In Hong Kong it is really easy to get publicity. All you have to do is call up for example the South China Morning Post, HK’s biggest (of two) English language newspaper, and say: I had a successful bowel movement today! Or: I saw a sliver of blue sky above Shamshuipo! And they will send a reporter at once.
Over the last few years, no quite a few years actually, I’ve had a lot of publicity because I can speak Cantonese, the local language. This strikes me as decidedly odd. Let’s say you’re a Bulgarian or a Kenyan or something living in London, and you can string a couple of sentences together in English. All the TV stations going: My God, here’s a foreigner who can speak ENGLISH! Send a team over post-haste!
Today another TV crew came to my gaff (house) (this is the last time I translate that word) to interview me about the 10 year anniversary for Hong Kong’s reunion with the dear motherland. I had to say I had some misgivings. For after the fourth or fifth documentary made about me (she can use chopsticks! Quick, send a crew!) and my euphoria about being on TV had abated somewhat (if you think hearing your own voice on tape is awful, imagine seeing yourself moving around and talking in a different language on all-revealing, glaring film.) I started realising that the people who work in the TV media aren’t all the sharp, hard-hitting journalists I formerly imagined them to be.
The programs were supposed to be about me as a long-term resident of Hong Kong and old China hand. After clapping like seals in Ocean Park at the fact that I could use chopsticks, walk on two legs and write my name in Chinese, they asked questions like: Have you ever heard about Deng Xiaoping? Have you ever had a meal with Chinese people? Do you know that the Chinese language has many proverbs?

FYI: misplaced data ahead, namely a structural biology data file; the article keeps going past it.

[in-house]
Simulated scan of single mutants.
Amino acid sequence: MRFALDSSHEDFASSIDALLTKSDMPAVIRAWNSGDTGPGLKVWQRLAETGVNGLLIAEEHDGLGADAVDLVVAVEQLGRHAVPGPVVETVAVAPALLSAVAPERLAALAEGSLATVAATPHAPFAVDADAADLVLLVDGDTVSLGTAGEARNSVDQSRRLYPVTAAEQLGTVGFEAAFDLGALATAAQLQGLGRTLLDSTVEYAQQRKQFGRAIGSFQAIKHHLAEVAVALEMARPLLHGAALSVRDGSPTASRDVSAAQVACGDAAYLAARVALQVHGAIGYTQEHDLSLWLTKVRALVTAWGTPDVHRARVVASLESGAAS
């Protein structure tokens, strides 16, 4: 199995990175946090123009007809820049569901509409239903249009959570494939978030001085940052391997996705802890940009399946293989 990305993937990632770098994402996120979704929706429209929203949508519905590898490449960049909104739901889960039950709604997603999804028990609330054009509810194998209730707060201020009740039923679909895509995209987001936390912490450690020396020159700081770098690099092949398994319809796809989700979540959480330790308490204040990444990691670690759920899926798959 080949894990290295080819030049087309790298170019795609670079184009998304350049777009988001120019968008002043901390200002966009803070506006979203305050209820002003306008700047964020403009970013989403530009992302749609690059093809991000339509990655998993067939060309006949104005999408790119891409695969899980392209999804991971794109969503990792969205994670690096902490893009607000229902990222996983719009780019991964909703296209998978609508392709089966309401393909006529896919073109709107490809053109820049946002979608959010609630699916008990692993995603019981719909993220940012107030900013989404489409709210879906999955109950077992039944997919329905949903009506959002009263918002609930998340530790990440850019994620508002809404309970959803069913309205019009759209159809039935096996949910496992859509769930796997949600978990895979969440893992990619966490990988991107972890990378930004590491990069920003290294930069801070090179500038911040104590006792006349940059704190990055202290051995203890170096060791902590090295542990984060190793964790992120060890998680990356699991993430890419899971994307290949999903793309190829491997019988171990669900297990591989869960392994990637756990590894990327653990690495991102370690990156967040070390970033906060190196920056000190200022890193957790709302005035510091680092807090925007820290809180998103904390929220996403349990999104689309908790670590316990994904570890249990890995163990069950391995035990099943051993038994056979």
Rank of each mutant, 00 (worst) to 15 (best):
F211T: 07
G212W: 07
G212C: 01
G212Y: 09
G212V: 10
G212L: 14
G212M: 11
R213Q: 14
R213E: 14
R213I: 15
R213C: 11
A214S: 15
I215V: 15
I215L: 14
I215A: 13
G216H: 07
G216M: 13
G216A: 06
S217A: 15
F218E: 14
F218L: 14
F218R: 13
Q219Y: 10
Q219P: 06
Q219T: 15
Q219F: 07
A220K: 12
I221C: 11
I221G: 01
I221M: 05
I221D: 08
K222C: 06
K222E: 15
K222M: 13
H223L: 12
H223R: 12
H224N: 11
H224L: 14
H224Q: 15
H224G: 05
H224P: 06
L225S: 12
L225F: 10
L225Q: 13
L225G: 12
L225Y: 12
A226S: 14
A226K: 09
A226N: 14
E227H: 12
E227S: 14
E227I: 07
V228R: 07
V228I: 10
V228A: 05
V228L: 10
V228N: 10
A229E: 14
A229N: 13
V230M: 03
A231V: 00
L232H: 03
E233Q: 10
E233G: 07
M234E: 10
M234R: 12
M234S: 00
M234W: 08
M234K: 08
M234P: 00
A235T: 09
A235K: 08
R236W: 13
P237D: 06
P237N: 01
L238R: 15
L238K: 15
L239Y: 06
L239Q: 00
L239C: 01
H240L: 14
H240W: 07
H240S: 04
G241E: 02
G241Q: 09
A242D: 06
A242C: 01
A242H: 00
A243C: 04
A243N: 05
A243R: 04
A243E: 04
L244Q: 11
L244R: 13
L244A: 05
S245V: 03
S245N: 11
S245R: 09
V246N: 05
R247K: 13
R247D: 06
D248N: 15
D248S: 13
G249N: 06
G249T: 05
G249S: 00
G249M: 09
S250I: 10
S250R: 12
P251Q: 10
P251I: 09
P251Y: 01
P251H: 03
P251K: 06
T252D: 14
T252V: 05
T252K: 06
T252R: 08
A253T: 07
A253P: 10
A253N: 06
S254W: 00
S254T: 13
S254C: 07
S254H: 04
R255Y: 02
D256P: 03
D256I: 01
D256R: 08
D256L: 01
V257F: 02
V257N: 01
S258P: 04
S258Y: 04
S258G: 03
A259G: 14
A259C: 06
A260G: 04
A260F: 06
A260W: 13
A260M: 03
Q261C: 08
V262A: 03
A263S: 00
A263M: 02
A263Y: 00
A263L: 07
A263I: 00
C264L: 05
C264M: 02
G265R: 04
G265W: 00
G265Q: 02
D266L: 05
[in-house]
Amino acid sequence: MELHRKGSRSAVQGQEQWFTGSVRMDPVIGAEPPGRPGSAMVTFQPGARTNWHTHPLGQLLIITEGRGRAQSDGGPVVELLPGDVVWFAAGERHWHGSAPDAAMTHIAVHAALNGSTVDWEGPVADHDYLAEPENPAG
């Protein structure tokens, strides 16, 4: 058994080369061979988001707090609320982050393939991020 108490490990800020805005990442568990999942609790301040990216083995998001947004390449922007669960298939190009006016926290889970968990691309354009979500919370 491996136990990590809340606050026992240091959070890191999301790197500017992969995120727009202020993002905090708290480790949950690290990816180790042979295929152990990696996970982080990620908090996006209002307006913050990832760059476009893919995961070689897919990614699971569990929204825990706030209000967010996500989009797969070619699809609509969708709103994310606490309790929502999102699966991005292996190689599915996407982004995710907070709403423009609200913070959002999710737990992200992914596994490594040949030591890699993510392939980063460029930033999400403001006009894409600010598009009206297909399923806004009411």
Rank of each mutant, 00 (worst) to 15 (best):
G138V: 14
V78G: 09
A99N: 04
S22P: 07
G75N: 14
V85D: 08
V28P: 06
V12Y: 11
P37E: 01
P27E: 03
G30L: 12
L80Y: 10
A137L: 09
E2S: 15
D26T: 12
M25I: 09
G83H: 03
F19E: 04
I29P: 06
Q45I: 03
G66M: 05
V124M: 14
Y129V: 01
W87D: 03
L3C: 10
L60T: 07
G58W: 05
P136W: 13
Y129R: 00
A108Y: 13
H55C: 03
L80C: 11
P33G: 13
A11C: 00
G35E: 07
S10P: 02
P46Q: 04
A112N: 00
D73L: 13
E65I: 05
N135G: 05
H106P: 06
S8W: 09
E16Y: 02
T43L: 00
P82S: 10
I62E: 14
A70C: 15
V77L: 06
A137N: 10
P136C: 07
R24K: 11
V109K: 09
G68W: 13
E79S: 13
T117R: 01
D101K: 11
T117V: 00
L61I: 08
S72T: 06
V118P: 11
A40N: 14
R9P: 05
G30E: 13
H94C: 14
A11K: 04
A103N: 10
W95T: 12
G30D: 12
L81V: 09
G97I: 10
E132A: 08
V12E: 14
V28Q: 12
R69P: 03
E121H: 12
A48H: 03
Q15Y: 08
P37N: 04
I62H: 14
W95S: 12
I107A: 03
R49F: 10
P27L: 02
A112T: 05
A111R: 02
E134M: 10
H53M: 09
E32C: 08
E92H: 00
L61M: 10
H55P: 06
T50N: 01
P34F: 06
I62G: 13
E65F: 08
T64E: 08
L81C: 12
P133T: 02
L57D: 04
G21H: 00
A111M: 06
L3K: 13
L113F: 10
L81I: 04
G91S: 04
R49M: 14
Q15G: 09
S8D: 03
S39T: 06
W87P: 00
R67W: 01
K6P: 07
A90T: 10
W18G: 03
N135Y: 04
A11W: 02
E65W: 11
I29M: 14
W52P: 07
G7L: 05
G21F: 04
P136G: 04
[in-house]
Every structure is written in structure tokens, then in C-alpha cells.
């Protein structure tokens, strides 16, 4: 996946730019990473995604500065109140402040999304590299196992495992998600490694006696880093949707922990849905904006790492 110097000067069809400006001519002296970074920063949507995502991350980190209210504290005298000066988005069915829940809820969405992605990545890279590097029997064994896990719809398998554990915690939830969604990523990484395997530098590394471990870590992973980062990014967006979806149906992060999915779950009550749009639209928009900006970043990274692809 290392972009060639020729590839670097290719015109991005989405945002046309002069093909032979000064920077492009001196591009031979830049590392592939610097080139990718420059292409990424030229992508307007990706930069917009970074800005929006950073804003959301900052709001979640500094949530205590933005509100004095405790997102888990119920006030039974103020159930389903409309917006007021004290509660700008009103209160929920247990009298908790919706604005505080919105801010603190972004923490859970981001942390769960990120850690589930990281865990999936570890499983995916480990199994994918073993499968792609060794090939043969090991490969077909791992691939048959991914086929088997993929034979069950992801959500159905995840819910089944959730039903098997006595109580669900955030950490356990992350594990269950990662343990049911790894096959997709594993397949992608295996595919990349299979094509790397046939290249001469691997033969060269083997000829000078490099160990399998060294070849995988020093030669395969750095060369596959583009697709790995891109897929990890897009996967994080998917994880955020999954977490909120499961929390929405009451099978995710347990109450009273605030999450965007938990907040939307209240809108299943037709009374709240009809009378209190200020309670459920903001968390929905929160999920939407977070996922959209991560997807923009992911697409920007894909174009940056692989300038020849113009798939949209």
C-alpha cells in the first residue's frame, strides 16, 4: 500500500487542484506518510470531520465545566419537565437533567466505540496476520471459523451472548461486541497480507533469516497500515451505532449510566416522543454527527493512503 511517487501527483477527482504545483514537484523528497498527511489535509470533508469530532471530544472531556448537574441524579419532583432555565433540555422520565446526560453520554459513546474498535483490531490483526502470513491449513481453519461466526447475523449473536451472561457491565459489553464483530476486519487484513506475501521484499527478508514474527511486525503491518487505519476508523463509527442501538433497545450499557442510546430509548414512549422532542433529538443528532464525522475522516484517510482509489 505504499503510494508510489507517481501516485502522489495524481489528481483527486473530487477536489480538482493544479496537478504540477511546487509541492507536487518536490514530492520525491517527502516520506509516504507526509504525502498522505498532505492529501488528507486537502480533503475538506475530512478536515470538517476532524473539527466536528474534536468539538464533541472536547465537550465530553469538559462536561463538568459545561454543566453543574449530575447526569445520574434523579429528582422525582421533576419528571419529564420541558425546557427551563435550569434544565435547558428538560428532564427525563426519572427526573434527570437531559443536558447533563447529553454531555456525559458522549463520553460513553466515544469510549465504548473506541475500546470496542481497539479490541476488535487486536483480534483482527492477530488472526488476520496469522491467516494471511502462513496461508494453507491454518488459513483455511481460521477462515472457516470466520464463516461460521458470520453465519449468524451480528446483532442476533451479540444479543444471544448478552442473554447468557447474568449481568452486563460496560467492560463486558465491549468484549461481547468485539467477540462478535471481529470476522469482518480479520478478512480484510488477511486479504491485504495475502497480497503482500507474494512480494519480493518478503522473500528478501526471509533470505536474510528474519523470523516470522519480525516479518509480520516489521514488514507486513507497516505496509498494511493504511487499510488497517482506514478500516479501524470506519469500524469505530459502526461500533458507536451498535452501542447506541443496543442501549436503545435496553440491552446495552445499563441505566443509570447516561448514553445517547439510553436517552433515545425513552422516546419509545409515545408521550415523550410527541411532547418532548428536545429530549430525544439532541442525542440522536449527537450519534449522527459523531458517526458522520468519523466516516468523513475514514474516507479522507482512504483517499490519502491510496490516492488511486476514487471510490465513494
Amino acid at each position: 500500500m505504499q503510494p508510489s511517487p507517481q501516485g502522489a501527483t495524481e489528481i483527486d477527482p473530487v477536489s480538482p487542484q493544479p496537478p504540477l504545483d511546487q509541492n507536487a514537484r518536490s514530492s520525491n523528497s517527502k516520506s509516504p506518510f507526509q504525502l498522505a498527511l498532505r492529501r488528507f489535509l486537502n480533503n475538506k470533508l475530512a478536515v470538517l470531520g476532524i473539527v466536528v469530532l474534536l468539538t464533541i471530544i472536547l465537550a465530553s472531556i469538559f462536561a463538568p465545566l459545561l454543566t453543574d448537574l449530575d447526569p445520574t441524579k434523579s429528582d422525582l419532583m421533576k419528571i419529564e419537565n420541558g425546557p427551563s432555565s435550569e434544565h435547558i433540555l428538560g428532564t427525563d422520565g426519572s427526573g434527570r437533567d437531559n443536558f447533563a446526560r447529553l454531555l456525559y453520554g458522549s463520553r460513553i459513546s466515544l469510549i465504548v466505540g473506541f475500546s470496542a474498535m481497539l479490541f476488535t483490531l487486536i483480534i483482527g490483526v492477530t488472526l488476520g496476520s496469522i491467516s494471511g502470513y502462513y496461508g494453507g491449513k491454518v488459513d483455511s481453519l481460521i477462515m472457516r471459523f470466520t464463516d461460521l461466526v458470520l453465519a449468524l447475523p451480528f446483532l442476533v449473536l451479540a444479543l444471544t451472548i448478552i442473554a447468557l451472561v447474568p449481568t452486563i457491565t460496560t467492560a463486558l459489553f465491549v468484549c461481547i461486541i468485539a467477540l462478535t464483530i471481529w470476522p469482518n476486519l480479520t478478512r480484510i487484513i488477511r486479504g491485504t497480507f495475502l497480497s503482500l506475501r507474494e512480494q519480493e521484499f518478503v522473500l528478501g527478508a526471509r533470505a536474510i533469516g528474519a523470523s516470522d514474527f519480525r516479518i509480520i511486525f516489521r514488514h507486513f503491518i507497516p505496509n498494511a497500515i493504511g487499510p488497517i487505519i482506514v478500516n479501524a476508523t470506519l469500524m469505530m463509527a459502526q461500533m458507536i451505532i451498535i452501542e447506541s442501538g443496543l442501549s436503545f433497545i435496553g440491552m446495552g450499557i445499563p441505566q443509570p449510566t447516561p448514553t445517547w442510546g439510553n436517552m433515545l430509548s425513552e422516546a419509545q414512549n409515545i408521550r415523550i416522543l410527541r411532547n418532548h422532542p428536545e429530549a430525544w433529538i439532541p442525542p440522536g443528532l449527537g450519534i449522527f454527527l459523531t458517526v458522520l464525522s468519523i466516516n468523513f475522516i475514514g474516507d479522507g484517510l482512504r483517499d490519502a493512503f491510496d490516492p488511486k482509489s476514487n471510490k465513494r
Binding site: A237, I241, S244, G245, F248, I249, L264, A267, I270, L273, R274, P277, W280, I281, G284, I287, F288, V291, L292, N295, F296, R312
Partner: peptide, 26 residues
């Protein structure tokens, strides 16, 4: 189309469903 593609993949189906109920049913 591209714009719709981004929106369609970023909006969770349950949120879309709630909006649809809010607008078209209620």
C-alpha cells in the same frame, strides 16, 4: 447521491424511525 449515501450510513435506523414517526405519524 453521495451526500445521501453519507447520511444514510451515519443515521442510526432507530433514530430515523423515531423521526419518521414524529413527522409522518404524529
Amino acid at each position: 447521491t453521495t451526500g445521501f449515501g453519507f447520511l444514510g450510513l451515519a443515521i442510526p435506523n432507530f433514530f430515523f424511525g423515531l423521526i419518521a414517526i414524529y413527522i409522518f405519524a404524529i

When they came to my house it got worse. “You have a lot of Norwegian things in your house. Is it because you’re Norwegian?” After two or three days with those kinds of questions I had to turn down the next two stations who wanted to come and make programs about Foreigner Can Speak Chinese. I realised that to them I was like an animal that can ride a bicycle.
However, today’s crew were different. For one thing they’d had the forethought of bringing two guys with them to play Chinese Poker, my favourite sport. They also asked intelligent, coherent questions that I could actually answer and not once did I want to strangle them. But at one stage, when they asked the inevitable question: How do you feel about Hong Kong reverting to the Motherland, I had to tell the truth: That I think Hong Kong has steadily been going to the dogs since the handover and that it would be better if it was an independent country. Just like Tibet and Taiwan. An uncomfortable silence descended on the living room, and there was a lot of exchange of glances. “Cut, cut, we must edit it out,” they hastily agreed.
My word indeed! That’s exactly why Hong Kong, priding itself on freedom of expression, should be an independent country. When the press is self-censoring to the point where a crazy foreigner whose only merit is to be able to quack out a few sounds in the local language can’t speak her mind in her own living room, how can having been taken back into the lap of the benign motherland be so damn great?